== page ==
A sermon based on 1 Corinthians 1:1-9

Introduction

A. Of all the problems in the Corinthian church, the greatest one, behind all the others, was selfishness and pride (3:21; 4:6, 18-19; 5:2, 6; 8:1-2).

B.The solution is to recognize Jesus as Lord and act according to the truth of his Lordship.

C. In the first chapter of 1 Corinthians, the term “Lord” is used 7 times; in the letter, a total of 66 times.

D. In the first 9 verses of the first chapter, Paul declares Jesus as Lord of —

Message

#1. Standardized Things (1:2). The phrase, “in every place,” refers to Christians who worship and serve “our Lord Jesus Christ, their Lord and ours,” wherever they meet. The Corinthians wanted to innovate. Paul wanted them to be faithful to the standard followed by all, to the apostolic “tradition” he had handed down to them (see, for example, 11:23). Unity means that Christ’s followers do the same things, because they obey God’s commandments (see 4:17; Matthew 7:21; John 12:50).

#2. Good Things (1:3). From God and “the Lord Jesus Christ” come grace and peace, terms that sum up all God’s gifts for mankind and that emphasize the spiritual nature of the gift of salvation.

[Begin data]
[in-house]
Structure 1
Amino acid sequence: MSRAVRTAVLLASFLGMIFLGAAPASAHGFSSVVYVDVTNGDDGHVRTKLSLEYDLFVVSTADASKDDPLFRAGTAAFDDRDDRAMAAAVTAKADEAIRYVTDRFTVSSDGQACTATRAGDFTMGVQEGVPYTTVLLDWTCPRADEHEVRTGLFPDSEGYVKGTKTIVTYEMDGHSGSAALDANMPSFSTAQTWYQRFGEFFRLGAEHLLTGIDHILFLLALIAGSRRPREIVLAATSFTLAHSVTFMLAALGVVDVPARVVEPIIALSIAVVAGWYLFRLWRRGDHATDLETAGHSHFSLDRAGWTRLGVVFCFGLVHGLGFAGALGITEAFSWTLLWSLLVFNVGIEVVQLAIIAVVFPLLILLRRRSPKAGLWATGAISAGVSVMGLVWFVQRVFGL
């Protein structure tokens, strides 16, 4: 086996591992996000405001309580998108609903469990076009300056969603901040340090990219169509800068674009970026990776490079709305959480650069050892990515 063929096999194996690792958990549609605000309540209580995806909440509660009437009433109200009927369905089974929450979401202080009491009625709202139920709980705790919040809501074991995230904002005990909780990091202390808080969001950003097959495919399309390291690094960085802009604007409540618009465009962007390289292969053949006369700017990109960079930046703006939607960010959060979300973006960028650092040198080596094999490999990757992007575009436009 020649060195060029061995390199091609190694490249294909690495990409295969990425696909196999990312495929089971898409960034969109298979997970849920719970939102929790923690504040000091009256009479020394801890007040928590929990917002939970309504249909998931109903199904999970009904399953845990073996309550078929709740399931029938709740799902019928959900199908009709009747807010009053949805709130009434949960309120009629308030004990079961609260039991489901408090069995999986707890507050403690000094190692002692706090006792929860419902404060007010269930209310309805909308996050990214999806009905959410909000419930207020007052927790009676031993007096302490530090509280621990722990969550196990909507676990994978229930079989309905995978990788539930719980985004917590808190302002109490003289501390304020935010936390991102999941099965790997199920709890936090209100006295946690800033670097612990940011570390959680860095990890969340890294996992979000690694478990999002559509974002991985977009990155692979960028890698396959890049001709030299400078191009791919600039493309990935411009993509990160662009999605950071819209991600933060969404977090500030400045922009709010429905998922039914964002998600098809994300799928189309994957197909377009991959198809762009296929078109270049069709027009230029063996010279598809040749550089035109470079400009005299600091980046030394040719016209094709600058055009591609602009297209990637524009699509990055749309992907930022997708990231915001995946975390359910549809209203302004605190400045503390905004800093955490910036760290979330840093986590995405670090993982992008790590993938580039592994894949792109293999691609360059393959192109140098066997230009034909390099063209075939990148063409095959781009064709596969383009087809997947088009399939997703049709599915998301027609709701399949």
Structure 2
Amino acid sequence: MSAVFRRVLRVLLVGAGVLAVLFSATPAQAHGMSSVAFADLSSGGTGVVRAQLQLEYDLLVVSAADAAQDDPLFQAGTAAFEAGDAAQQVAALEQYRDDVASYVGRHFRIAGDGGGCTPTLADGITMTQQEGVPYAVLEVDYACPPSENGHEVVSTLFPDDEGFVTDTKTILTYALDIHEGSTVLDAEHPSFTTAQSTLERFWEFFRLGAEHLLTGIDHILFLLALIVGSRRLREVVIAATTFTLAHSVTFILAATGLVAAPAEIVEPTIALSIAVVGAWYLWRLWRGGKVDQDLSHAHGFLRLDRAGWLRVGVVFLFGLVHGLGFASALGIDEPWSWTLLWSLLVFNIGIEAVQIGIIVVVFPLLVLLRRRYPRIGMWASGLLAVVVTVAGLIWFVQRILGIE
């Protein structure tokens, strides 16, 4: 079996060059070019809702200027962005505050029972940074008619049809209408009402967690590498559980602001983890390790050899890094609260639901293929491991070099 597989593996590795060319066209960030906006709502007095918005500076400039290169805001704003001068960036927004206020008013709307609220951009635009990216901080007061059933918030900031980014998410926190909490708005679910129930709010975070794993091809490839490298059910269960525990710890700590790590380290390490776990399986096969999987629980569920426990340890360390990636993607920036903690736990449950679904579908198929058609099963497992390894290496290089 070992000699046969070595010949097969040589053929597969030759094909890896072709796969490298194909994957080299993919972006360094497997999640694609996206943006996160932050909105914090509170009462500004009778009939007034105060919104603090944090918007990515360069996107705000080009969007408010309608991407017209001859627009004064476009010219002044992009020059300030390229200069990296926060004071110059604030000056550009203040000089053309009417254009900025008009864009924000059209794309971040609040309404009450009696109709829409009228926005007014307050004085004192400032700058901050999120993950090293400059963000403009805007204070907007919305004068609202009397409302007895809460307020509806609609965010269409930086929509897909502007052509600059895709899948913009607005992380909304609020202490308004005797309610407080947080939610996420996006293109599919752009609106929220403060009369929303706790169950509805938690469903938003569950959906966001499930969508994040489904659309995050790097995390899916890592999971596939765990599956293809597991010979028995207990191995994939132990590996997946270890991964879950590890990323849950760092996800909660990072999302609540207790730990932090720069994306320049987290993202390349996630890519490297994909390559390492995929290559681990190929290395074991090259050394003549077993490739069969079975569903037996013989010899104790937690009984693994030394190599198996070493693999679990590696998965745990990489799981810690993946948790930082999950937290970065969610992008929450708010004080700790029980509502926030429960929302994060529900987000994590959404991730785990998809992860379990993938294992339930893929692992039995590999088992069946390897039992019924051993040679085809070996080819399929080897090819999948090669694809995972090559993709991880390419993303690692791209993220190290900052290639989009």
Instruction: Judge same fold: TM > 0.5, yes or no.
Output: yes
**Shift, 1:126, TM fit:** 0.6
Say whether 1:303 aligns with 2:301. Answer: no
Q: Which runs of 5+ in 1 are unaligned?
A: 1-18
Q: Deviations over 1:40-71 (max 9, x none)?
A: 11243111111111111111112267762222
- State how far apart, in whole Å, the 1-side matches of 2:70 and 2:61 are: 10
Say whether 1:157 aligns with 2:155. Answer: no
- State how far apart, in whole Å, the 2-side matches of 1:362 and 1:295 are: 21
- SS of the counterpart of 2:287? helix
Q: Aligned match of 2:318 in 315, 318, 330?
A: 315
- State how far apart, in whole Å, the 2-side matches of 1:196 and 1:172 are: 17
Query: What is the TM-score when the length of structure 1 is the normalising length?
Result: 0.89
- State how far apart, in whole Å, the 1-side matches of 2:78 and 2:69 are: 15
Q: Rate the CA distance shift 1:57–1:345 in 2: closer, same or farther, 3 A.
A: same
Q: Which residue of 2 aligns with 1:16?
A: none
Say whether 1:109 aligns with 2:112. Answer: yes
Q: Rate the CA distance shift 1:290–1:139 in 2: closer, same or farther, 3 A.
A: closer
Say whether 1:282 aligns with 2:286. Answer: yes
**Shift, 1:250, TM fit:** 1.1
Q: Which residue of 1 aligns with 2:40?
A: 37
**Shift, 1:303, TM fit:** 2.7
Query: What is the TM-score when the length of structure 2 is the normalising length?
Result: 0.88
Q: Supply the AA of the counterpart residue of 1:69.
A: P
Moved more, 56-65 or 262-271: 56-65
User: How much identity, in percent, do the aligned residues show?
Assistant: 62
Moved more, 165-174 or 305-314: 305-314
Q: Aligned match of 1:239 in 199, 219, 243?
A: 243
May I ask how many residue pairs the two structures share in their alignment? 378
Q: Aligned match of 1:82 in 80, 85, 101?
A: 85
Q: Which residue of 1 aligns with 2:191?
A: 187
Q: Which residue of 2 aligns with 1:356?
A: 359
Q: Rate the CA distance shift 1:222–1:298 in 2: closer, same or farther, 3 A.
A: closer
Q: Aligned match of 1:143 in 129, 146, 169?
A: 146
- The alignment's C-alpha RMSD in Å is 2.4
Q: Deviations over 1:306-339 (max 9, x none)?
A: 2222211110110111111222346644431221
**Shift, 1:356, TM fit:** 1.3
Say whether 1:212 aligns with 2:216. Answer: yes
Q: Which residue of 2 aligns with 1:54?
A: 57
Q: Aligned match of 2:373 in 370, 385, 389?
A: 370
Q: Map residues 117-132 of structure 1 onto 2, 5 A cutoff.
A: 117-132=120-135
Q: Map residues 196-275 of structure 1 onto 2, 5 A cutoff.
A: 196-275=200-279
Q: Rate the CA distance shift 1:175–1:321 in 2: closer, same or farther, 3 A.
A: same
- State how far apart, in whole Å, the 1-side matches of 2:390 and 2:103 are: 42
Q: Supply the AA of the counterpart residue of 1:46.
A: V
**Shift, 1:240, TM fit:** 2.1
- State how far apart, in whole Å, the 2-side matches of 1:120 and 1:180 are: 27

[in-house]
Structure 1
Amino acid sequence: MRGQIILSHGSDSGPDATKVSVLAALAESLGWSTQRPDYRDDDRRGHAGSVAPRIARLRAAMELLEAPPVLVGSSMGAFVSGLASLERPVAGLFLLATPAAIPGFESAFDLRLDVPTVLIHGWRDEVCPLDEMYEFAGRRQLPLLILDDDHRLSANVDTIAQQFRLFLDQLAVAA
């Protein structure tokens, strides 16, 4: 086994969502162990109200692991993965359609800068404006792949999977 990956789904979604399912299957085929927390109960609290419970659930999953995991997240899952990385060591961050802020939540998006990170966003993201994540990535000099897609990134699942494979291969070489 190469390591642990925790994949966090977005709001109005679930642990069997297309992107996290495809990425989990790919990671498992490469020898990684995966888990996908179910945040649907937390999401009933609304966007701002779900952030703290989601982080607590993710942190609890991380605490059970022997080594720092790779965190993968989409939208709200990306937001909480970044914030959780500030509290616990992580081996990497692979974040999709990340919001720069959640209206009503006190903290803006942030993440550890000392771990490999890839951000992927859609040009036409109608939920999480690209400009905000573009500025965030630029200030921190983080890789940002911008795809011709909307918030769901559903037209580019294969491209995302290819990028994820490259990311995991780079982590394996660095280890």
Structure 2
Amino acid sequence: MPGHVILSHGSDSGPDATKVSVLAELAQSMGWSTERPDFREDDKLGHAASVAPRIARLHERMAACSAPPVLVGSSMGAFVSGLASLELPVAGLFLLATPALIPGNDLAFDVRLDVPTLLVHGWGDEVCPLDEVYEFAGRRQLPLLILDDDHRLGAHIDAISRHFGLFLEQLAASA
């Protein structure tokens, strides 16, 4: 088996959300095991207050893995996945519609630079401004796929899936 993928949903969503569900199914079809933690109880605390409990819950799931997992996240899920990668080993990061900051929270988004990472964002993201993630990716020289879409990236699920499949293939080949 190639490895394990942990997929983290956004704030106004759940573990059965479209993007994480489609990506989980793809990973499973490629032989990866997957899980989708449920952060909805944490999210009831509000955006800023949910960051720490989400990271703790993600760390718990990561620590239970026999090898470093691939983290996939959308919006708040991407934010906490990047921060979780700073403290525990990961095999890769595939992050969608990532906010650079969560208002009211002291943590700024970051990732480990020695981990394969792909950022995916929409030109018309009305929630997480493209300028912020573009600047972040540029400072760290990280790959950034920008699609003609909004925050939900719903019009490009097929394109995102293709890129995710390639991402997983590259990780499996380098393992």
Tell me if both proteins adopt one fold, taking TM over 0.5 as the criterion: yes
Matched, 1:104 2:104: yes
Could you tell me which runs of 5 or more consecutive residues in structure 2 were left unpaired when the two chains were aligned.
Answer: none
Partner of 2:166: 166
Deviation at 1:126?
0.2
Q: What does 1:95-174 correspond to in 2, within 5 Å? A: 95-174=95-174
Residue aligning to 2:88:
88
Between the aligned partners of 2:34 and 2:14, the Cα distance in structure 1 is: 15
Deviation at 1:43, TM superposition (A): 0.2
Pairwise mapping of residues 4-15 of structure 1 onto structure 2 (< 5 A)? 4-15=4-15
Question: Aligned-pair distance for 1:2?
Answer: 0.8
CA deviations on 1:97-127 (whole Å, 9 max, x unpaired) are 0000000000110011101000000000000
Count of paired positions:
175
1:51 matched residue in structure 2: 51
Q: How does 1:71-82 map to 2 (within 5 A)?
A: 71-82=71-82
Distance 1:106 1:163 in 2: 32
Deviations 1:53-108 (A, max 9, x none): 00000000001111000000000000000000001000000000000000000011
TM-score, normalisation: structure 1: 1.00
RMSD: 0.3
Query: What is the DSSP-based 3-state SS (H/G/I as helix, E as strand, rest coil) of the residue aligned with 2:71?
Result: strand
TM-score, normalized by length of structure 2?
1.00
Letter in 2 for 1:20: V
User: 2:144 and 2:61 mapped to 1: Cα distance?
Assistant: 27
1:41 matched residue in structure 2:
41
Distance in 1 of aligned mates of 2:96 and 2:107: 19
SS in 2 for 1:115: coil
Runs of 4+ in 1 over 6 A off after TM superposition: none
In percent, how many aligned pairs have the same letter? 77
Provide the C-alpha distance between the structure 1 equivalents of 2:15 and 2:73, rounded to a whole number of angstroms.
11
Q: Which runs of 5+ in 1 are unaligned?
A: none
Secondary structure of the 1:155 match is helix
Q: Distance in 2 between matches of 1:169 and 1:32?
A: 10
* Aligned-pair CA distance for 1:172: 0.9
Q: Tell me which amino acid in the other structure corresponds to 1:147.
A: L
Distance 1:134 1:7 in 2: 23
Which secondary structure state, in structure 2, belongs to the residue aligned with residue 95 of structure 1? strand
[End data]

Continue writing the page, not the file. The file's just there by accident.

#3. Necessary Things (1:7). While we wait for the coming of “our Lord Jesus Christ,” he gives us all the resources we need to serve him in this world. “You do not lack any spiritual gift.” The Corinthians’ problem was not lack of resources, but an attitude issue. Although the miraculous gifts have ceased, the principle is valid: Christ gives us every necessary resource for our faith and work in the Lord.

#4. Lasting Things (1:8). We don’t know when “the day of our Lord Jesus Christ” will arrive, but we know that “he will also strengthen [us] to the end.” His power does not weaken, does not fail, has no deadline. He does not abandon, does not let go, does not forget. He is faithful (v. 9).

#5. Intimate Things (1:9). All this is for “fellowship with his son, Jesus Christ our Lord.” This is the reason for God’s action in our favor. We enjoy, through  Christ, intimacy with God. Now, this fellowship doesn’t mean that we have only spiritual and eternal privileges, but also the sufferings of his cross as well. Are we ready for these?

Conclusion

A. In the religious world today, many talk about Jesus as Lord, but few know what it means to follow him as Lord, because those who call him Lord participate in denominations, worship him in their own way, not his, and despise his commandments.

B. Only when we accept the “standardized things,” that is, when we do things according to his commandments, will we enjoy the good, necessary, lasting, and intimate things. “Instead, keeping God’s commandments is what counts” (1 Corinthians 7:19 NET).

C. Have you obeyed Jesus as Lord in all things? If not, he invites us to repentance, to immersion in water, and to faithfulness to his word.

What do you think?

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